On my system I created a *tar file of pdf files. Some of the pdf files are text, but most of them are mainly images. Since they are already compressed quite a bit then you don't benefit from it a whole lot.
This compresses at about 60-70 MB/s and decompresses at close to 400MB/s. The size saved is small, however. I am only saving 10-20 MB in 246MB. So using compression on something like that is not worth it.
Meanwhile I used dd it create a 573MB file full of zeros. That compresses down to just over 2.3MB and takes 3/4 of a second.
On the other end of a spectrum a 573MB file made using '/dev/urandom' takes almost 10 seconds to compress and is actually slightly larger afterwards.
So even on very fast SSDs it MAY be worth it. If you care more about read speeds it may help. If you care about random access it may hurt.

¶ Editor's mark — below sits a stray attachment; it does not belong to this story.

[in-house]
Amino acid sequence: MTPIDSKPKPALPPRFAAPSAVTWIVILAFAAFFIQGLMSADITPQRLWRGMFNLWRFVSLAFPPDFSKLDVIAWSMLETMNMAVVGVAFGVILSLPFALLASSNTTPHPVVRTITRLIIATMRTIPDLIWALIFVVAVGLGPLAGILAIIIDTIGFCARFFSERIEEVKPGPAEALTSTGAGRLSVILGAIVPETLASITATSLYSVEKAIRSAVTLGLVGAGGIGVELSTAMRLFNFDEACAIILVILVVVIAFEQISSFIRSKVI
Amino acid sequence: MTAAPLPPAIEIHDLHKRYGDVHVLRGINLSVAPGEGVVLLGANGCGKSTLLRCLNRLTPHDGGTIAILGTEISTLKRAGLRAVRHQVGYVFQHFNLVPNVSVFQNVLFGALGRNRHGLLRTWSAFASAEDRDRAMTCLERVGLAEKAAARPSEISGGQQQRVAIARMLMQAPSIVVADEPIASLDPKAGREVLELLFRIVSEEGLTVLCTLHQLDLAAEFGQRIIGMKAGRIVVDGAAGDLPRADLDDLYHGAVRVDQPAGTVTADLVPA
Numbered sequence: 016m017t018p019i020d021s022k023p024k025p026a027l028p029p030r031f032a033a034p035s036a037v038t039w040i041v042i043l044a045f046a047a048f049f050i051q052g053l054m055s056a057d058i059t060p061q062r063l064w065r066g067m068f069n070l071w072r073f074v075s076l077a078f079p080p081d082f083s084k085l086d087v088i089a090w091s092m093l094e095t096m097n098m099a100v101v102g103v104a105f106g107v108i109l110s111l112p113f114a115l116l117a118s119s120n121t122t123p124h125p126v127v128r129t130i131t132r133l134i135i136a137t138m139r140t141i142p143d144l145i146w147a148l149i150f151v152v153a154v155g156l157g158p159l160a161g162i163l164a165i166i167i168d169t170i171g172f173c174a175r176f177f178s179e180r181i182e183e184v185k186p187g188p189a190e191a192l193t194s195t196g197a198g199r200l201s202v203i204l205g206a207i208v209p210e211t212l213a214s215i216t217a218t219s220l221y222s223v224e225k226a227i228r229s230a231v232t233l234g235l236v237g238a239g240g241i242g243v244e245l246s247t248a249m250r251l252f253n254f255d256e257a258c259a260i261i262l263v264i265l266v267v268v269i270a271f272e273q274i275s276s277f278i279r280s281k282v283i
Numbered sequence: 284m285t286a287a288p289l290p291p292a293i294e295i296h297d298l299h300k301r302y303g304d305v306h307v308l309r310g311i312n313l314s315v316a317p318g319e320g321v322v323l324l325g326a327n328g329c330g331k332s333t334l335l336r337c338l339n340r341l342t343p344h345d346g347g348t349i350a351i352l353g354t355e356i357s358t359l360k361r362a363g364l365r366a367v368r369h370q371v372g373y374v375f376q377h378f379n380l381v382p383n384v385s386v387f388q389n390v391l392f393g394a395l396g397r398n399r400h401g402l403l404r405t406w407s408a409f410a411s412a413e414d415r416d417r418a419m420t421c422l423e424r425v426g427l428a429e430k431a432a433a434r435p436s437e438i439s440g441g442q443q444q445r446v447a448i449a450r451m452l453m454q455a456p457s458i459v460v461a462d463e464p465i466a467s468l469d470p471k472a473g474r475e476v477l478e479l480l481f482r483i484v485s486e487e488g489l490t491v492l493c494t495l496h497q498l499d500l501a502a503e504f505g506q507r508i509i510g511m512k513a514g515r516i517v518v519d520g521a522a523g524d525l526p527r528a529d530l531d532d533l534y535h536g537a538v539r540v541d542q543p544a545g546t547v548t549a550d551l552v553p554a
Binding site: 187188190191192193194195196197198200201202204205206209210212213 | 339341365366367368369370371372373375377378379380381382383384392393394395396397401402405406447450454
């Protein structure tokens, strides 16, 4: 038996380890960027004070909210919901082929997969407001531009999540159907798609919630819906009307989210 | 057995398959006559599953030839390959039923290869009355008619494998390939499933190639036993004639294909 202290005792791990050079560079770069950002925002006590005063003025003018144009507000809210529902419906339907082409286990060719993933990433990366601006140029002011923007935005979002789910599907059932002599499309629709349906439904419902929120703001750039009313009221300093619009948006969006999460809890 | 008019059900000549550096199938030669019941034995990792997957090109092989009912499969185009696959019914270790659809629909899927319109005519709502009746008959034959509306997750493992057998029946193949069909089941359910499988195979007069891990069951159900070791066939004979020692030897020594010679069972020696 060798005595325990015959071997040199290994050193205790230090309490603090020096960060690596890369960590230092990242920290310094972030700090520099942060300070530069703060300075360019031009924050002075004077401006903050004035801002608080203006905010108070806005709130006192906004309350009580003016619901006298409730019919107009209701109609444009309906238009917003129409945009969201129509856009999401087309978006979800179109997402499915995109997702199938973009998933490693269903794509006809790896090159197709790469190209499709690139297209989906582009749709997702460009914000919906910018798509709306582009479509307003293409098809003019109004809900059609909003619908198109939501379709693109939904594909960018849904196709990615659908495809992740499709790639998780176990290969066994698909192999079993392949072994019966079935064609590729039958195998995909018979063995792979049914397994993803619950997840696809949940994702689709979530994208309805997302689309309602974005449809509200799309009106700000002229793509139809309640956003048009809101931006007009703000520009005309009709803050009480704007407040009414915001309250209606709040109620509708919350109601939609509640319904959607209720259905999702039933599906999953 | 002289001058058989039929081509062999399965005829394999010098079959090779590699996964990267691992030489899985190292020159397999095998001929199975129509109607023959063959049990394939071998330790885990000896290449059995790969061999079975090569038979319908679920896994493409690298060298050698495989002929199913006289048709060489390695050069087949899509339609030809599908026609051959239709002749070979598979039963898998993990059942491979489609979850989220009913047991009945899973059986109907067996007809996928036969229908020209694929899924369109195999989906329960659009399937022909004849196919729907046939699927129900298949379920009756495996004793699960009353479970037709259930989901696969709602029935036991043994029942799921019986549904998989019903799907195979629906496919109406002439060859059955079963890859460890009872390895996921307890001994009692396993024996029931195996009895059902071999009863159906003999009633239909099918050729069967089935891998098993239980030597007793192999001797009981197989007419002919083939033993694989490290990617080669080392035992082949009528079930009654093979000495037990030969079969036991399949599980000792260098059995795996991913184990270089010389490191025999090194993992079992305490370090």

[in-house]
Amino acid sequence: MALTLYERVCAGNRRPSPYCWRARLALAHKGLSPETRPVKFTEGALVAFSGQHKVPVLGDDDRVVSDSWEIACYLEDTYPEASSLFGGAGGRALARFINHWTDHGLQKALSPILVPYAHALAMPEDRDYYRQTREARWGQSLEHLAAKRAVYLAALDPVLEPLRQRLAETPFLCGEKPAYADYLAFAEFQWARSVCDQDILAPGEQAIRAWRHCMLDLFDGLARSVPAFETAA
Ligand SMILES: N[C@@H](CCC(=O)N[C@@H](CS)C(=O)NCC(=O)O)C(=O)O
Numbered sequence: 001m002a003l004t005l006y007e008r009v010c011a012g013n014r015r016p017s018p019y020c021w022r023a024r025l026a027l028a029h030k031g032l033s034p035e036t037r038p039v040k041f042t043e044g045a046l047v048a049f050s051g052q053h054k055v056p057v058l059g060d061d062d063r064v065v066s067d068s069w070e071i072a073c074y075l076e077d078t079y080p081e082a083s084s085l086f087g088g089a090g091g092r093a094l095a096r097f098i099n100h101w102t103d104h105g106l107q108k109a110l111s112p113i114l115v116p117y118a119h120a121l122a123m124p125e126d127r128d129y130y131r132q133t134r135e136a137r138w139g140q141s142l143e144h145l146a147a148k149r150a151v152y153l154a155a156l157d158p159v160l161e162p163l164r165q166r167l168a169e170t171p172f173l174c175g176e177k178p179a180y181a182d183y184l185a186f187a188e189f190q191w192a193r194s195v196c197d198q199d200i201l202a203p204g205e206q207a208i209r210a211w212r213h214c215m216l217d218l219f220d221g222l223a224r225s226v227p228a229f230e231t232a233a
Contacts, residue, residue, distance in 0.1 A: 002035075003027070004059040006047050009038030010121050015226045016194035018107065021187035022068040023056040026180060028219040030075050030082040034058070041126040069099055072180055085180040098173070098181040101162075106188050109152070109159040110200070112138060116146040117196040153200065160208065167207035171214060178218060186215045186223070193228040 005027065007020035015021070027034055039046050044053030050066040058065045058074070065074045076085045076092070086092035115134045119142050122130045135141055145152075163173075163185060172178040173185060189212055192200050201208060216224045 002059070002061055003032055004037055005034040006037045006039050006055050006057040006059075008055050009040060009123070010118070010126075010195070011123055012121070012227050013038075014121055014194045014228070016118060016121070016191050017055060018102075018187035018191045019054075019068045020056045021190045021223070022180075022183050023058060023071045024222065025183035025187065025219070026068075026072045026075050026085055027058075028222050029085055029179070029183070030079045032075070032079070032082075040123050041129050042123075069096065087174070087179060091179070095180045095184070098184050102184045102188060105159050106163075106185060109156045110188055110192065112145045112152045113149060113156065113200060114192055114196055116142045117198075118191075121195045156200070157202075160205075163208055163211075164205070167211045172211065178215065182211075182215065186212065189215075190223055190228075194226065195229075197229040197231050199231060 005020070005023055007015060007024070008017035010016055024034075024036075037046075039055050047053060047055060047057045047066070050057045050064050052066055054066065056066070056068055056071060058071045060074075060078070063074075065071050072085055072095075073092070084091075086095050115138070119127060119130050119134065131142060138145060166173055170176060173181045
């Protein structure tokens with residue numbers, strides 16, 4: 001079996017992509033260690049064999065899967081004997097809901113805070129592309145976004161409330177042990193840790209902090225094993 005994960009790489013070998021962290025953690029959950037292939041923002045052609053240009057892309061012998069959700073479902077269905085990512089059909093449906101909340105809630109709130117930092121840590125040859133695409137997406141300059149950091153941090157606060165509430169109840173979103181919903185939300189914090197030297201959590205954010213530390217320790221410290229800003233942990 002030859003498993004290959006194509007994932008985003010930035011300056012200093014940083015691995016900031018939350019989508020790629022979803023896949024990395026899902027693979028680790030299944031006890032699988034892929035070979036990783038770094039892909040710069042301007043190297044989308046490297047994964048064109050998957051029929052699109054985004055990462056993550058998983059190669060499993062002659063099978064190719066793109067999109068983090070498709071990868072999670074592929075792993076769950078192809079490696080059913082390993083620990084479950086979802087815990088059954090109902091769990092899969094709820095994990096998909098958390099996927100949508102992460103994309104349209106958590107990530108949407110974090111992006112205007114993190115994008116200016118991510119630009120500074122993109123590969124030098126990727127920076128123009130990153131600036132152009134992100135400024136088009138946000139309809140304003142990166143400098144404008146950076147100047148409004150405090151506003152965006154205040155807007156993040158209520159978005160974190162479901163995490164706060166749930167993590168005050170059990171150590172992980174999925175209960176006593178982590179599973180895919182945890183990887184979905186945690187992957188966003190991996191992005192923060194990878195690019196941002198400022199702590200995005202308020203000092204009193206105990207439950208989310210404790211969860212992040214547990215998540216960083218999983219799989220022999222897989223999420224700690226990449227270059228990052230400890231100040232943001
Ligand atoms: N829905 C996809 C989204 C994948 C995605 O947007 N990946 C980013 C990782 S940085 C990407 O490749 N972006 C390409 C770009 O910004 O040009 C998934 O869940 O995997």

It also heavily depends on how smart the system is about using compression.
It's stupid to compress jpg files or gif files or any sort of common multimedia files. They are already compressed heavily using specialized algorithms and it's extremely unlikely that lzo is going to help things any. But text files, documentation, program files, and many other can benefit from the compression. Some databases may benefit also, but you would think that if they did they would already be using compression internally.